The band only consists of Finfer, but various live members and other engineers help him out during performances and collaboration on the album.





Blending Technology with Live Music

Beyond the latest album, Finfer blends technology with music in several very cool ways.

If you attended festivals like Lightning in a Bottle, Woogie Weekend, or Symbiosis Gathering, you may have seen a mean green, bubbly machine dubbed "The Funn Machine", an art car that wows and wonders. Tying in with the futuristic theme of Ancient Lasers, Finfer and his crew were invited to these well-known festivals to play music on the lime green art car, which is an opportunity that many upcoming artists would be thrilled to be invited to. "It's inspired me to rethink what a live music experience could be," he says.

Finfer is also working on a new project for Ancient Lasers involving interactive music and light technology. Sounds technical, but it isn't surprising when he also tells me he has an aquatic LED machine he built with his friend at SpaceX for Ephermerisle, an event where thinkers, creators, artists and builders gather to explore life on the water by creating a floating city on the Sacramento River Delta for a week. Michael Clive was the brains behind the machine, but Finfer helped creatively and conceptually. Check out the video below of the making of their creation, "Jellypuss".



Besides Ephermerisle in Sacramento, Ancient Lasers has performed with Altervision3D, an "immersive art installation that features fluorescent murals that come to life" with the help of special glasses. In other words, Altervision is a blacklight experience that has been featured at several events, even at EDC Vegas - and of course AL has played in one of the tents.

As each performance brings a different experience, it is easy to see that Finfer tactically chooses each venue and how the music will be perceived from the audience. He even notes that he spun a set at Bill Nye's Mars Rover Launch Party in 2012, a celebration of a pivotal moment in space exploration, which included guests Seth MacFarlane, Elon Musk, and the cast of Star Trek.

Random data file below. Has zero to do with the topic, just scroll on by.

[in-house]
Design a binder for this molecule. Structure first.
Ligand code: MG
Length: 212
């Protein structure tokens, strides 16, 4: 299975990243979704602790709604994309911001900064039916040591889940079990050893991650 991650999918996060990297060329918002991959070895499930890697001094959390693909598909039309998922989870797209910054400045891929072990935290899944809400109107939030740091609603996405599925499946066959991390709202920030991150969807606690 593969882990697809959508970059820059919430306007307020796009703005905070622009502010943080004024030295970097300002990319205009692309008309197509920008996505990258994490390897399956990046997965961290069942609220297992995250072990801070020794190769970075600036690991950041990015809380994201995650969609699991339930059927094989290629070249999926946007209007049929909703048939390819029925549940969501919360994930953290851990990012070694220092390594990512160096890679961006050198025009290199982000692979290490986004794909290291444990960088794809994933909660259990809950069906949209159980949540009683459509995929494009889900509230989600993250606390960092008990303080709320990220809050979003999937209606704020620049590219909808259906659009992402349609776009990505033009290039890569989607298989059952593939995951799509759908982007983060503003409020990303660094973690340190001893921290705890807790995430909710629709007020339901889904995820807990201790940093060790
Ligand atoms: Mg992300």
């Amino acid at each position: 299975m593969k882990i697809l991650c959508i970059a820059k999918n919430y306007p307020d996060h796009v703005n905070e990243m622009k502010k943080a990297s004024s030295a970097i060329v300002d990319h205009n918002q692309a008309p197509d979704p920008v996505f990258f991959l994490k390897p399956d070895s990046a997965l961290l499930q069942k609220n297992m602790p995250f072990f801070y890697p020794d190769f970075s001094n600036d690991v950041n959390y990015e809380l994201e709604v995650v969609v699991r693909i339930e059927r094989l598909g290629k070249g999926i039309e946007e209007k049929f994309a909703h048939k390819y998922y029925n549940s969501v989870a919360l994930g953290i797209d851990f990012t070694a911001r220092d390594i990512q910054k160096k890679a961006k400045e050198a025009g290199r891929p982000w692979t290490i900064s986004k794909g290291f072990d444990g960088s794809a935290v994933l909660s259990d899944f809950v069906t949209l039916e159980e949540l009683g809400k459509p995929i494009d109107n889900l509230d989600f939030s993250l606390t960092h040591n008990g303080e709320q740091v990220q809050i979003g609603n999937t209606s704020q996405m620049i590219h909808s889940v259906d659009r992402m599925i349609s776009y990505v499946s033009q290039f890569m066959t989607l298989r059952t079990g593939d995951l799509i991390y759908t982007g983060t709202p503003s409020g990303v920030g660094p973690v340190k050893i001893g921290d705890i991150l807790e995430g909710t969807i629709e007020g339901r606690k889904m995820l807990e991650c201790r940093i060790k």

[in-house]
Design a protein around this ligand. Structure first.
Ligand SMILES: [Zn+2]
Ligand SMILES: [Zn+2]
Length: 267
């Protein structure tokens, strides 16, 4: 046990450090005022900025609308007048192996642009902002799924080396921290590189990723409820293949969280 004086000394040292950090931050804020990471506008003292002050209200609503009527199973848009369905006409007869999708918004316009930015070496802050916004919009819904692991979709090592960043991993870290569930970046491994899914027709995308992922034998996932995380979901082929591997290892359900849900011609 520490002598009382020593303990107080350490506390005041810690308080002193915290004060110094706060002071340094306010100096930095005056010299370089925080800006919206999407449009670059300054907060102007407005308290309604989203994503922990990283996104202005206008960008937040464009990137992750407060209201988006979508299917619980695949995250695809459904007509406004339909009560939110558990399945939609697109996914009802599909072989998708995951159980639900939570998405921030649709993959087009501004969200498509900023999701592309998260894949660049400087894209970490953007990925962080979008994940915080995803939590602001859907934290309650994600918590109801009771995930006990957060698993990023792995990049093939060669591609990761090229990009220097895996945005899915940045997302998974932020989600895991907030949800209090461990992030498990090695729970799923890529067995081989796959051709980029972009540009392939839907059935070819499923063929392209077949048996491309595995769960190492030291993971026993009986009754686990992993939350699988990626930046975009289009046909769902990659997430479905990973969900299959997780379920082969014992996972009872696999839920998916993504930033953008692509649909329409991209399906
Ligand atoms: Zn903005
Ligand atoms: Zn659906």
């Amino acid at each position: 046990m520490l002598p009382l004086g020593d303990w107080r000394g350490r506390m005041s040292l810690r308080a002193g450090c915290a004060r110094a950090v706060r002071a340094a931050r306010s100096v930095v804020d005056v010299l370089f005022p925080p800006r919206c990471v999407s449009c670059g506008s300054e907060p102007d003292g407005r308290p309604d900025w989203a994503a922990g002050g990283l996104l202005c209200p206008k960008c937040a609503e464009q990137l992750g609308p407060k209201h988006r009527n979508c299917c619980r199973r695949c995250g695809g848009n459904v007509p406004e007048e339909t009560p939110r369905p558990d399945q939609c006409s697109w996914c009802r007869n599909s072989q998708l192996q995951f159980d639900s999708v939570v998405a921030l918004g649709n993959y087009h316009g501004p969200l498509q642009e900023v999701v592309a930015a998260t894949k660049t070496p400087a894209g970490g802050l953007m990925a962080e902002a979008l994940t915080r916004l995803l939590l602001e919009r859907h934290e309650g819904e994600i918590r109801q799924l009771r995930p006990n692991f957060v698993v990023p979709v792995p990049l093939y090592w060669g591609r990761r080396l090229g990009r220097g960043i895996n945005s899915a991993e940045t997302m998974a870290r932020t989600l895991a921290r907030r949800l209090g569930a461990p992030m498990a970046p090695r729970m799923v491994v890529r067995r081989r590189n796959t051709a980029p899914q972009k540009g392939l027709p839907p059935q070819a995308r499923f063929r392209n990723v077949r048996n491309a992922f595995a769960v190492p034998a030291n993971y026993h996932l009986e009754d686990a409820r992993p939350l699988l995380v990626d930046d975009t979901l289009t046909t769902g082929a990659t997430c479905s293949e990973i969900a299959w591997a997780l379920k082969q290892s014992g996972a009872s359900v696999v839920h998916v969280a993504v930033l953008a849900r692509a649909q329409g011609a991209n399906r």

"In terms of future shows, I'm more focused on interactive experiences than typical rock bar venues," Finfer admits.



Photo: CuriousJosh



Art and Film

The artistic pieces are the concept pieces that Finfer had designed by Samantha Monarch to tell the story of In Quicksand. Petra Cortright, a famous internet artist, designed the first album cover for You In The Future. Petra was busy and couldnt do the second album but ironically Samantha studied Petra in art school.

Ancient Lasers has also had two songs featured in the movie Laid In America, a major motion picture comedy featuring a million random celebs and Youtube-ers like Chocolate Rain. The movie is scheduled to be released in 2016.





An Interpretation of our Existence

Although the scope of Ancient Lasers is vast, whether it be from his involvement in creative gatherings, experimentation with new advancements, and celebration of scientific discoveries, the theme is undoubtedly cohesive: the relationship between technology and human experience is beautiful.

As our world becomes increasingly overpowered by computers and science, Ancient Lasers demonstrates on In Quicksand that there is still gut-wrenching art and feeling in our lives. As the singer speaks to his future self through lyrics, fans can have both a smart and futuristic perspective as well as a raw and emotional one. In other words, although we may view technology as cold and impersonal, Ancient Lasers shows that ultimately we are the creators of our rapidly developing future - it's just up to us to find our purpose in it.





Download Ancient Lasers albums for FREE at Bandcamp here.

Follow Ancient Lasers:

Soundcloud | Facebook | Twitter


--Molly Reports